The third enhancement to the Canada Pension Plan (CPP) will take effect in January 2021 such that users are contributing more again. However, a higher payout is the upside for pensioners upon retirement. The Canada Revenue Agency (CRA) hasn’t announced the maximum CPP pension payment for next year, although it should be higher than 2020.
To give users an idea, the maximum CPP payments in 2020 and 2019 were $1,175.83 and $1,154.68, respectively. Since most pensioners don’t receive the maximum, the average monthly pensions were $679.16 and $710.41. Note the increases in the maximum and average payouts were 4.6% and nearly 2%.
The CPP enhancements, which began in January 2019, are for seven years (phase one and two). Once the phase-in is complete, the result is an increase of up to 50% in retirement pension for those making enhanced contributions for 40 years.
The CRA computes the CPP amount based on two main things: your income from age 18 to 65 and if you made the proper contributions in those years. If you want an estimate of your CPP payments, register for the service and obtain a CPP personal access code from Service Canada. Sign into your My Service Canada Account on the CRA’s website.
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Increasing contribution rates
Phase one of the CPP enhancements is from 2019 to 2023. The employee and employer contribution rate in 2021 is 5.45%, from 5.25% in 2020. For self-employed individuals, the rate is double or 10.9%. In the ensuing two years, the rates are 5.70% and 5.95%. The basic exemption amount is constant at $3,500 during the period.
The yearly maximum pensionable earnings (YMPE) are increasing too. The amount in $61,600 in 2021. The YMPE specifies the earnings amount that can be used in calculating CPP contributions each year. If your income exceeds the YMPE, you can’t make additional CPP contributions.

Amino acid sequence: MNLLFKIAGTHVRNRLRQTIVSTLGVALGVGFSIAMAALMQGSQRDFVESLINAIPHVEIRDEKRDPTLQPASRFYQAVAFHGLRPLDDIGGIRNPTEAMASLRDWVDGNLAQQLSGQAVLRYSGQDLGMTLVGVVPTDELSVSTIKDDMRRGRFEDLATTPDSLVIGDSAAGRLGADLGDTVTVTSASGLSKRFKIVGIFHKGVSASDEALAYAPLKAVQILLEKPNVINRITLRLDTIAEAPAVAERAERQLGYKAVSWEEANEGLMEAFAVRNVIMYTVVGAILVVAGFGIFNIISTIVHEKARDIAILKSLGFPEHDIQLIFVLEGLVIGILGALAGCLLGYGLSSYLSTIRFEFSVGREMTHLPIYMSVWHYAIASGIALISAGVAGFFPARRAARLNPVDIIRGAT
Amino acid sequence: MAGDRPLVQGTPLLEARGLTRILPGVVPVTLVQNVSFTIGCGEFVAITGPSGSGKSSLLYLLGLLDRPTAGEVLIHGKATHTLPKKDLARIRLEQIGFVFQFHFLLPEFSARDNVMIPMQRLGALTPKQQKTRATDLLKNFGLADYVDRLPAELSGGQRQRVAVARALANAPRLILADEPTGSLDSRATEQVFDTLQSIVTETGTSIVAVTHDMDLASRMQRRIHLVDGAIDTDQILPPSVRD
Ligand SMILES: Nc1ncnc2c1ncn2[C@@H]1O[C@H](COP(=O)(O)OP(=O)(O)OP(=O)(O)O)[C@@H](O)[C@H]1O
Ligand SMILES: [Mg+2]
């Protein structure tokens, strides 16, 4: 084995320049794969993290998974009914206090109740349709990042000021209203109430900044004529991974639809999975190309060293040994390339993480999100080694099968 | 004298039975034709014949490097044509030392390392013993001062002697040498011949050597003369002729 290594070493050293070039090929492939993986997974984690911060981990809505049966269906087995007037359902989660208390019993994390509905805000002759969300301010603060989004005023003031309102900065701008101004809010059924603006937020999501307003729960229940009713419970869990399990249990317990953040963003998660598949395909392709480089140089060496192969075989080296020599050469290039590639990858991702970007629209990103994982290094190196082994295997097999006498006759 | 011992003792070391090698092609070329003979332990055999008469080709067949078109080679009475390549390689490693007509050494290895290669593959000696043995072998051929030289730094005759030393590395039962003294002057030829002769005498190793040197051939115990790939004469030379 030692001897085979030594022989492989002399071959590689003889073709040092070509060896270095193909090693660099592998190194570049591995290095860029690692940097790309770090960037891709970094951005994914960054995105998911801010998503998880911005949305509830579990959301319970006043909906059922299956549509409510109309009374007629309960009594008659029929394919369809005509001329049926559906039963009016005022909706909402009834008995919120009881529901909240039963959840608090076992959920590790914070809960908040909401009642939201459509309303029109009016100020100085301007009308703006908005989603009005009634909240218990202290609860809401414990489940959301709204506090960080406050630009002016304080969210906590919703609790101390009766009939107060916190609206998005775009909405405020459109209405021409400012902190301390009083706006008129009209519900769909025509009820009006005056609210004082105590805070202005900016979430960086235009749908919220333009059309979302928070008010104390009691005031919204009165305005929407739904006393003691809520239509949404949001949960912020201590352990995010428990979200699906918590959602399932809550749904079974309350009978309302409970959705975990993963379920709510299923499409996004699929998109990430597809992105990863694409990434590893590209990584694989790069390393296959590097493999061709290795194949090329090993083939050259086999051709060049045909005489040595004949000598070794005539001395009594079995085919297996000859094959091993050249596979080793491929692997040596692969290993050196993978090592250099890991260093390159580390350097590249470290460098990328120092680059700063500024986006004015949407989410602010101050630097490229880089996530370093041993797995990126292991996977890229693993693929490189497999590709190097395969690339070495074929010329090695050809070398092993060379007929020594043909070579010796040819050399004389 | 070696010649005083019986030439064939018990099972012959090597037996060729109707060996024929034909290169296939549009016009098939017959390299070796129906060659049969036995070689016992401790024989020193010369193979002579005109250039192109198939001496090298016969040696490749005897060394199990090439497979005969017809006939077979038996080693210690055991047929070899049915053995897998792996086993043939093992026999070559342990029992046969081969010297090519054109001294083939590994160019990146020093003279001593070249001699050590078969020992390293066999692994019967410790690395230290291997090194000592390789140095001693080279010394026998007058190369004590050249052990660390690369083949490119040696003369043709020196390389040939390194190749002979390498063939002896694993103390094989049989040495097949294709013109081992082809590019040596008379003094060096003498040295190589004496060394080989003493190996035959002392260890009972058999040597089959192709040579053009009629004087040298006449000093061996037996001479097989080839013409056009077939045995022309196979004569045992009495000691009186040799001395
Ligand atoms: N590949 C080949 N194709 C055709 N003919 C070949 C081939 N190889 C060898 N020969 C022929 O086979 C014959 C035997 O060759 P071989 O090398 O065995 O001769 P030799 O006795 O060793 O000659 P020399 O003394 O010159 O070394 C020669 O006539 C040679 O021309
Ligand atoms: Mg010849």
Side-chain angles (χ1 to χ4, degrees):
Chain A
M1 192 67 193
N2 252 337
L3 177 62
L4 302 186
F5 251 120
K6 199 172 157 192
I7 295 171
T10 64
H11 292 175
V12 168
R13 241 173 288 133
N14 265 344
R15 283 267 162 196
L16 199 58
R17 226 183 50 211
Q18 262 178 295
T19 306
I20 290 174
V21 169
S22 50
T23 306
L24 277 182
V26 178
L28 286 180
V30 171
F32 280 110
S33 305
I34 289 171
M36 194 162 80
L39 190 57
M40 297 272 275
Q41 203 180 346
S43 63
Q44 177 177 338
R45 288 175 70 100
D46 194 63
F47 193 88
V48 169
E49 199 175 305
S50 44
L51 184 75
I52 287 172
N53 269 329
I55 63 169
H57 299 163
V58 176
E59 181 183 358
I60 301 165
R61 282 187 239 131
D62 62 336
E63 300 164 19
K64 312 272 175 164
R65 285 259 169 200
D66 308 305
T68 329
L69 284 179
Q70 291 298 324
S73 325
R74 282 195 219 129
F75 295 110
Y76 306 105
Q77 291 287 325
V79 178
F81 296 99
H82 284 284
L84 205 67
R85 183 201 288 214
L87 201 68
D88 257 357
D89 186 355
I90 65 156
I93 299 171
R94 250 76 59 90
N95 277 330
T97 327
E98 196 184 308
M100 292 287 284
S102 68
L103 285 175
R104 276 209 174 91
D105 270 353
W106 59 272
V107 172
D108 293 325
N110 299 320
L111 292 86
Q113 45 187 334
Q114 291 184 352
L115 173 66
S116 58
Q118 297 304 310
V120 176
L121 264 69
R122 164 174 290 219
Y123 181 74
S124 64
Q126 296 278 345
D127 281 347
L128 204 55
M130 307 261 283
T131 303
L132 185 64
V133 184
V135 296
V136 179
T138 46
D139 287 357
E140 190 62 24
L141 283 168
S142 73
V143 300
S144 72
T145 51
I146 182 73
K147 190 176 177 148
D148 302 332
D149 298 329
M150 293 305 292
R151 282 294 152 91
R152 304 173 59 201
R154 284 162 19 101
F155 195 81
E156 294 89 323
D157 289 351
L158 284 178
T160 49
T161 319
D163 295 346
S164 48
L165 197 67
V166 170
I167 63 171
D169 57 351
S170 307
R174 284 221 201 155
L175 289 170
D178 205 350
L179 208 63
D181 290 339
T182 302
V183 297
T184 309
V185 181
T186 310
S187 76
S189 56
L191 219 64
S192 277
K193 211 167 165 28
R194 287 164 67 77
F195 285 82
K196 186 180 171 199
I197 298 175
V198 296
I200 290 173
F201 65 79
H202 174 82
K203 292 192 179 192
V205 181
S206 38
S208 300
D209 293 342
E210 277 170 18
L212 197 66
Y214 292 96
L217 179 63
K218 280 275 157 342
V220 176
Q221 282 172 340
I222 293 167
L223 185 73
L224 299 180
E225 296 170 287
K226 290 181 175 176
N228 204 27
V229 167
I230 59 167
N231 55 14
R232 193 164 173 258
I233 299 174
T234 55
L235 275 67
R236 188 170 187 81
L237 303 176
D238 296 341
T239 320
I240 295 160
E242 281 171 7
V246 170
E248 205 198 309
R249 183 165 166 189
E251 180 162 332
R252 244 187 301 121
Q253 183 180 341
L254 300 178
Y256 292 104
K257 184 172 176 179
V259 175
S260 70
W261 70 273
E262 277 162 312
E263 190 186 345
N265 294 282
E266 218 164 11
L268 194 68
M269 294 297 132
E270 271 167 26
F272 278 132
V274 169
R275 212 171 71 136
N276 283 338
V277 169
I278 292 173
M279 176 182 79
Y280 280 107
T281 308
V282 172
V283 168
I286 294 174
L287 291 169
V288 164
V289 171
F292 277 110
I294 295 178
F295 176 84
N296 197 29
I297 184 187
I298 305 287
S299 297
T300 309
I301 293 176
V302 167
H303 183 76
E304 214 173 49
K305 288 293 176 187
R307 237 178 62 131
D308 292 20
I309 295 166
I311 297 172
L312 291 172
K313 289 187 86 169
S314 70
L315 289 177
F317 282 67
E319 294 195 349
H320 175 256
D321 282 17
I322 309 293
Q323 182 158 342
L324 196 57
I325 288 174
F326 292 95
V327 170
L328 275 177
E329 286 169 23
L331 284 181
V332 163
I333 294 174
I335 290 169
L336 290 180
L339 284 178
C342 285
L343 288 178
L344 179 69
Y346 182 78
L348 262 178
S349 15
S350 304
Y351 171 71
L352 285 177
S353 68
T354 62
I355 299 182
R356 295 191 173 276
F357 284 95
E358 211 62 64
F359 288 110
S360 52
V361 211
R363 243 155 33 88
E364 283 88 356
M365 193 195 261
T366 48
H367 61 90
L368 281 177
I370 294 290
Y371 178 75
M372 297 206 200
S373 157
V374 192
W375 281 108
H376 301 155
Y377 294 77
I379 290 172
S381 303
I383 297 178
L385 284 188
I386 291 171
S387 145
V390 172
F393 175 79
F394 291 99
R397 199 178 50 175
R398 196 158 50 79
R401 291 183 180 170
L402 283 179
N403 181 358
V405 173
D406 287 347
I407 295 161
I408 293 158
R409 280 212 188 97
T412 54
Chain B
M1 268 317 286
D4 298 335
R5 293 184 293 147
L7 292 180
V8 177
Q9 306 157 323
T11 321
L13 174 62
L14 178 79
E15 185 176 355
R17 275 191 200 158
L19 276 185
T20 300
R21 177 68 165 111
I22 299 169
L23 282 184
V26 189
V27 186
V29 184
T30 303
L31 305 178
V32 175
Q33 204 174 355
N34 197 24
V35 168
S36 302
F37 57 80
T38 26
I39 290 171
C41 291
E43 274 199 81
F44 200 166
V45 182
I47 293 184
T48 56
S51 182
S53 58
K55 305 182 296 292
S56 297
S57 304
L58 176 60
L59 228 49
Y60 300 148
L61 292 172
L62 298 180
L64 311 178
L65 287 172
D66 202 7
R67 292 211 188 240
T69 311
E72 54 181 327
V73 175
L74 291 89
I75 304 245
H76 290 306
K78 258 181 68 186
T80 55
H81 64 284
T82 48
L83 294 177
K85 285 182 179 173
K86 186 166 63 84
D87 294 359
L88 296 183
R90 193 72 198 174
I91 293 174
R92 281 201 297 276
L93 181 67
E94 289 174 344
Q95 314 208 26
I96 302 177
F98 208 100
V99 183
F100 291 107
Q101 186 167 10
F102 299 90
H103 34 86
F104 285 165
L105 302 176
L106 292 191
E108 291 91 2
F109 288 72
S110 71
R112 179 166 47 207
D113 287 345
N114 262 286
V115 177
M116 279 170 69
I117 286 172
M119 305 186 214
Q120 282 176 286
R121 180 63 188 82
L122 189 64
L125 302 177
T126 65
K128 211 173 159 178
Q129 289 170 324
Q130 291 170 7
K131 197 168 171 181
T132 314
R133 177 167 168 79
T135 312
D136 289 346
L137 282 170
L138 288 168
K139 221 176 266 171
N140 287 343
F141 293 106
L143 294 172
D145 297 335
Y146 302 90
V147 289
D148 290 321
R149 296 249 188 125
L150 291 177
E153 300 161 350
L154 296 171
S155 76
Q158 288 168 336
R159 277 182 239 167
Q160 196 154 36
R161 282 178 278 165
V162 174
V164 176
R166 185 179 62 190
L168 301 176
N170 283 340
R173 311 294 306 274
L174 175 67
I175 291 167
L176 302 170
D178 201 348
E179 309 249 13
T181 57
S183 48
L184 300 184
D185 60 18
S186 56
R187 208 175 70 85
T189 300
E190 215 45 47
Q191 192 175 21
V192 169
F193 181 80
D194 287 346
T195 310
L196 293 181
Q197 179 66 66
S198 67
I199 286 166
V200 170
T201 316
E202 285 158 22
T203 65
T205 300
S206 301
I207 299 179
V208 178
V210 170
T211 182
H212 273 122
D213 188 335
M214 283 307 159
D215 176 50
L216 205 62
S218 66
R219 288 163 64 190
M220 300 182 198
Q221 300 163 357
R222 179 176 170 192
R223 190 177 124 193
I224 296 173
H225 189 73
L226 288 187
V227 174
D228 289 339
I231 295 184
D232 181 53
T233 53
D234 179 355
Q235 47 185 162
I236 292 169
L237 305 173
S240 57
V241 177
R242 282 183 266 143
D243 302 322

CPP is inadequate in retirement
Many retired Canadians rely on the CPP and the Old Age Security (OAS) as income sources. However, it would be best to have a larger income stream to have more financial cushion in retirement. A perennial choice is Bank of Montreal (TSX:BMO)(NYSE:BMO).
This bank stock is an ideal wellspring for retirees. Your investment income could be for life. BMO is the first-ever company to pay dividends. Its dividend track record stretches as far back as 1829, or 191 years. The fourth-largest bank in Canada pays a 4.38% dividend and maintains a payout ratio of less than 60%.
A $150,000 investment will produce an annual income of $6,570. If your horizon is 25 years, your nest egg could grow as much as $438,049.89. BMO is a Dividend Aristocrat. It’s also one of the highly regarded buy-and-hold stocks on the TSX. Analysts are bullish about BMO because of rising earnings and strong fundamentals.
Higher replacement level
The CPP enhancements aim to grow the replacement level gradually. Instead of 25%, the pension payments will replace one-third of the average work earnings. As such, the impact is positive and significant, especially to the millennials or younger generation. The same goes for the disability, post-retirement, and survivor’s pensions. Thus, in exchange for smaller paychecks in the coming years, CPP users can expect higher pension amounts in retirement.
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Fool contributor Christopher Liew has no position in any of the stocks mentioned.